the Northern Hemisphere winter. In view of the large systematic errors
related to the relatively small number of realizations, unbiased
variance estimators have been developed. Although statistical
significance is not reached in some extratropical regions, large
significant extratropical responses are found at the North
Pacific-Alaska sector for SLP and over western Canada and the Aleutians
for 5OO-hPa geopotential height. The influence of SST variations on
internal variability is also examined by using a 7-year simulation using
the climatological SST seasonal cycle. It is found that interannual SST
changes strongly influence the geographical distribution of internal
variability; in particular, it tends to increase it over oceans.
Patterns of internal and external variability of the 5OO-hPa
geopotential height are further examined by using EOF decompositions
showing that the model realistically simulates the leading observed
variability modes. The geographical structure of internal variability
patterns is found to be similar to that of total variability, although
similar modes tend to evolve rather differently in time. The zonally
symmetric seesaw dominates the internal variability for both observed
and climatologically prescribed SST. The Pacific-North American (PNA)
and Western Pacific (WP) patterns, on the other hand, are the dominant
modes associated with patterns of SST variability: the latter is related
to Atlantic anomalies, while the former responds to both El Ni{\~n}o
events and extratropical forcing.
  doi = {10.1175/1520-0442(1995)008<0474:IVSFAV>2.0.CO;2},
  adsurl = {},
  adsnote = {Provided by the SAO/NASA Astrophysics Data System}
  author = {{Raghava}, R.~C. and {Laval}, K. and {Sadourny}, R. and {Polcher}, J.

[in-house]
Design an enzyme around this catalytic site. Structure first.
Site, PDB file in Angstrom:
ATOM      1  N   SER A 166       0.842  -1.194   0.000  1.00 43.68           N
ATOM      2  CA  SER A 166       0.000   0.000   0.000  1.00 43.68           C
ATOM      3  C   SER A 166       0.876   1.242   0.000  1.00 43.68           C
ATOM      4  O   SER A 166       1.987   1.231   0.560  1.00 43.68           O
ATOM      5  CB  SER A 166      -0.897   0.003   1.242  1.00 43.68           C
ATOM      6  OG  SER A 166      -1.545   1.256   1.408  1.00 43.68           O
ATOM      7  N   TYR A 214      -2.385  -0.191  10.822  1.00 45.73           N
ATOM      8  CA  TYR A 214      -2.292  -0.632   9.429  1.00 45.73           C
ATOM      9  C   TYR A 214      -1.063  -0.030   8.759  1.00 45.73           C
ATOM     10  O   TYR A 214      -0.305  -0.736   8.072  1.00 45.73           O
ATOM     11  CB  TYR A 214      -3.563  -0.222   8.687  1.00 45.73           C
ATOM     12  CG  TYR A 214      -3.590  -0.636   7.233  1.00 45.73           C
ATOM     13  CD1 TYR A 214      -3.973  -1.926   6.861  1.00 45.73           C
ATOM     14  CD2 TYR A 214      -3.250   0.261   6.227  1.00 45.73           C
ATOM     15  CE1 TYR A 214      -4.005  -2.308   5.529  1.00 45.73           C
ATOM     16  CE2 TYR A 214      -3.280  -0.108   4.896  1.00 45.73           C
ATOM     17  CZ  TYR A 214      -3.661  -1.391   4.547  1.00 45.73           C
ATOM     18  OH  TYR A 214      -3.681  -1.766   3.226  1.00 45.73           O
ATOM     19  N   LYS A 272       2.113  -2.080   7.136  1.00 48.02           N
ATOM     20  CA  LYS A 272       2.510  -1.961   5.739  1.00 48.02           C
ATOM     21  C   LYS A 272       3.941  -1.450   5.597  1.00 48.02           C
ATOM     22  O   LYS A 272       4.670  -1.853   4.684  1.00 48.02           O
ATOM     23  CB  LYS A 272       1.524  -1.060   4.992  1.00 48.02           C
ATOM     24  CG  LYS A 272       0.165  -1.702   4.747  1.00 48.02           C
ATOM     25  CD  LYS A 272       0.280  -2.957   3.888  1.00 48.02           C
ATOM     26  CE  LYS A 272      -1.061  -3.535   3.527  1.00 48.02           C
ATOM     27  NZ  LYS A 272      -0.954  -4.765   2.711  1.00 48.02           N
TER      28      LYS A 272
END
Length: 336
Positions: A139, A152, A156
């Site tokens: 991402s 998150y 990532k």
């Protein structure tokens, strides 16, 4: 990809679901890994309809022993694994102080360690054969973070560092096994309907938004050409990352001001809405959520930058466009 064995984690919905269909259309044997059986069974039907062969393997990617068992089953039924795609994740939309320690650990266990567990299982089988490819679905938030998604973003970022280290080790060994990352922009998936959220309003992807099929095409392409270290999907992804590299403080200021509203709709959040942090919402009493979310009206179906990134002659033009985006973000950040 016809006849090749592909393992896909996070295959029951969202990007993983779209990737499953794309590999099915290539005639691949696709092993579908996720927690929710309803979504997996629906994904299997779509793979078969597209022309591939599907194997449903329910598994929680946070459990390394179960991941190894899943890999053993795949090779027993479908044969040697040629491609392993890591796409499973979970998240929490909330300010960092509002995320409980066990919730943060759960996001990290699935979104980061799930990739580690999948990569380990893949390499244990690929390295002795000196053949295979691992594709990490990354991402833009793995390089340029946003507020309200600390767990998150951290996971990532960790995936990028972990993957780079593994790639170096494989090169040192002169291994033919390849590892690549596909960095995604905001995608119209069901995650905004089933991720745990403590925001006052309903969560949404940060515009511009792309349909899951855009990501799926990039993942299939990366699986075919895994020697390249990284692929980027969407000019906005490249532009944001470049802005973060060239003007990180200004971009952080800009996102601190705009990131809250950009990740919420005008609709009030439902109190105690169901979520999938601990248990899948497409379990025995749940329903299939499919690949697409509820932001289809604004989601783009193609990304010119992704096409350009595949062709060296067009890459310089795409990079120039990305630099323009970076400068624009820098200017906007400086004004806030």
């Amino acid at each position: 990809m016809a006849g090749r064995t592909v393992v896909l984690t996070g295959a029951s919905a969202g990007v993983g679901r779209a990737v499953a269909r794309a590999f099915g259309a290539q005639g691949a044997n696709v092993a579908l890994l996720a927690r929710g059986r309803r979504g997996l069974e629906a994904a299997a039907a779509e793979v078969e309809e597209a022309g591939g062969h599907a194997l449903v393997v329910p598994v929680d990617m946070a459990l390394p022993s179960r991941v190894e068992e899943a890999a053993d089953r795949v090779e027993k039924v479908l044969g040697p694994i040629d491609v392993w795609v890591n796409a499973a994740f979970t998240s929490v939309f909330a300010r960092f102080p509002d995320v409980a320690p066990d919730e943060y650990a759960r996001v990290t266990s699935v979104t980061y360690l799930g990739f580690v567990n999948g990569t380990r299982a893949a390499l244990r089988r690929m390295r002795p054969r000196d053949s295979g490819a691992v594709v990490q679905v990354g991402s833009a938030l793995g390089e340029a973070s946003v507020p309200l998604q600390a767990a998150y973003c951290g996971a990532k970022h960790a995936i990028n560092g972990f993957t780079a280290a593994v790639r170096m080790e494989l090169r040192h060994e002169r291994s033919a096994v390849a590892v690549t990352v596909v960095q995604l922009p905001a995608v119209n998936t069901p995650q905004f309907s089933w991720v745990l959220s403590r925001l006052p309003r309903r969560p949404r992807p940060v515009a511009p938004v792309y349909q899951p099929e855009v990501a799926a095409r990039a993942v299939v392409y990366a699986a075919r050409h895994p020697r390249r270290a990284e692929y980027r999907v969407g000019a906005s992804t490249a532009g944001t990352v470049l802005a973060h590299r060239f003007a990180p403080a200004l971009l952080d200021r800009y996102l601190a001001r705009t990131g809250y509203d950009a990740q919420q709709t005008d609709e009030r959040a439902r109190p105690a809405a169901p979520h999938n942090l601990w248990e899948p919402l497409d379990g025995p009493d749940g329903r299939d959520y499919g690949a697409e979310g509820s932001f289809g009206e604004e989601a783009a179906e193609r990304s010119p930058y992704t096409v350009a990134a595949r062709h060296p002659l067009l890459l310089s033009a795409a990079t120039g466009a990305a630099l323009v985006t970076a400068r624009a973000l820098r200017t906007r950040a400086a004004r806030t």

title = {{Atmospheric response to tropical denuding of vegetation}},
  journal = {Atmospheric Environment},
  year = 1995,
  volume = 29,
  pages = {1963-2000},
  abstract = {{Two simulations of atmospheric circulations during June, July and August
1988 have been made with LMD Atmospheric General Circulation Model using
a classified vegetation global cover with and without the tropical
vegetation separately. The initial conditions prepared from ECMWF
analysed data were used, while the Reynolds' monthly blended analysis,
i.e., the blend of in situ, AVHRR satellite and ice data, were taken to
prescibe the sea surface temperatures. The global charts of mean monthly
precipitation and associated velocity potentials at 200 and 850 mb have
been compared and analysed for June, July and August 1988. The temporal
evolutions of precipitation averaged over a specific region of Indian
summer monsoon during its regime from onset to retreat have also been
discussed. Consequently, a pronounced impact of tropical vegetation on
the precipitation has been observed so as to characterise a forest as
one of the local rain inducing agents. Moreover, the tropical vegetation
appears to modulate the Indian summer monsoon also for the contributive
precipitation over India.
  doi = {10.1016/1352-2310(94)00291-R},
  adsurl = {},
  adsnote = {Provided by the SAO/NASA Astrophysics Data System}